Pozzo says, “It is important not to bucket people. Each individual can have different objectives at different points in life. Part of career roadmapping should be understanding what the individual wants.”
Townshend agrees: “The easiest way to meet the needs of all your employees is to treat them as individuals, ask them what they want and how you can help them get it. Everyone has their own motivators, and if you want to help your employees upskill and bring new knowledge and skill sets into your business, you need to find out what they need to get there.”
In short, when approaching career roadmapping with employees it’s important to listen to them and approach each employee plan individually.
2. Look for ways to provide more resources
Actively look for ways to give more resources and skills to your employees. The more that they develop, the more unique skills they bring back into your company.
Marie Davis, Managing Director at Penn Foster, says, “The employees have to give it their all and bring their best to the table. The employer has to push them, challenge them and give them the resources and tools to succeed.”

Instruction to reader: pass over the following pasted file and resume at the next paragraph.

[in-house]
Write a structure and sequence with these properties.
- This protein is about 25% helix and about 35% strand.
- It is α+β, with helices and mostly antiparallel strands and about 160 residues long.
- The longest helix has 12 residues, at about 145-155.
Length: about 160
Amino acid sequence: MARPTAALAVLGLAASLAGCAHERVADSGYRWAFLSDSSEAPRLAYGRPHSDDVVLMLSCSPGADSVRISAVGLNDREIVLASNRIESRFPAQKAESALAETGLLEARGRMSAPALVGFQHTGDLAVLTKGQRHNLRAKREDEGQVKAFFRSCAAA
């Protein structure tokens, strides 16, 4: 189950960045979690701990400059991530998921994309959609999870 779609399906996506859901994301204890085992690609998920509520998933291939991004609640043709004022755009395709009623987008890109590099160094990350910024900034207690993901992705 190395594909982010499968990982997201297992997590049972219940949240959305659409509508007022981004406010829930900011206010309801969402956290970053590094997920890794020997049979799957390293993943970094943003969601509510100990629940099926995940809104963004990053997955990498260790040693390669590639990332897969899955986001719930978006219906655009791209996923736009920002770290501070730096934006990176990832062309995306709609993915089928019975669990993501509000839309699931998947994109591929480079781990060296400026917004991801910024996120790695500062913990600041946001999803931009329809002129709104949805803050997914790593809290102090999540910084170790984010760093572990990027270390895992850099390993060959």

Townshend adds, “A good employer will do their best to facilitate an employee’s ambitions and will be realistic enough to see the shorter-term benefits of investing in their development regardless of their long-term destination.”
So what are some ways you can provide resources to your employees? Offer employee-development courses by inviting in guest speakers, align with volunteer opportunities that support your company’s mission and give skills to employees, or invite employees to meetings with other departments or senior leadership so that they can shadow and learn.
And part of offering resources and development also means that, when the time is right, look internally for your own talent.
3. Look within for talent first
Part of career roadmapping is learning what you or employees need to get to the next step, so as part of that learning curve, Davis suggests that managers “let [employees] make mistakes; let them get the additional training or mentoring, if necessary; but look internally for your talent.”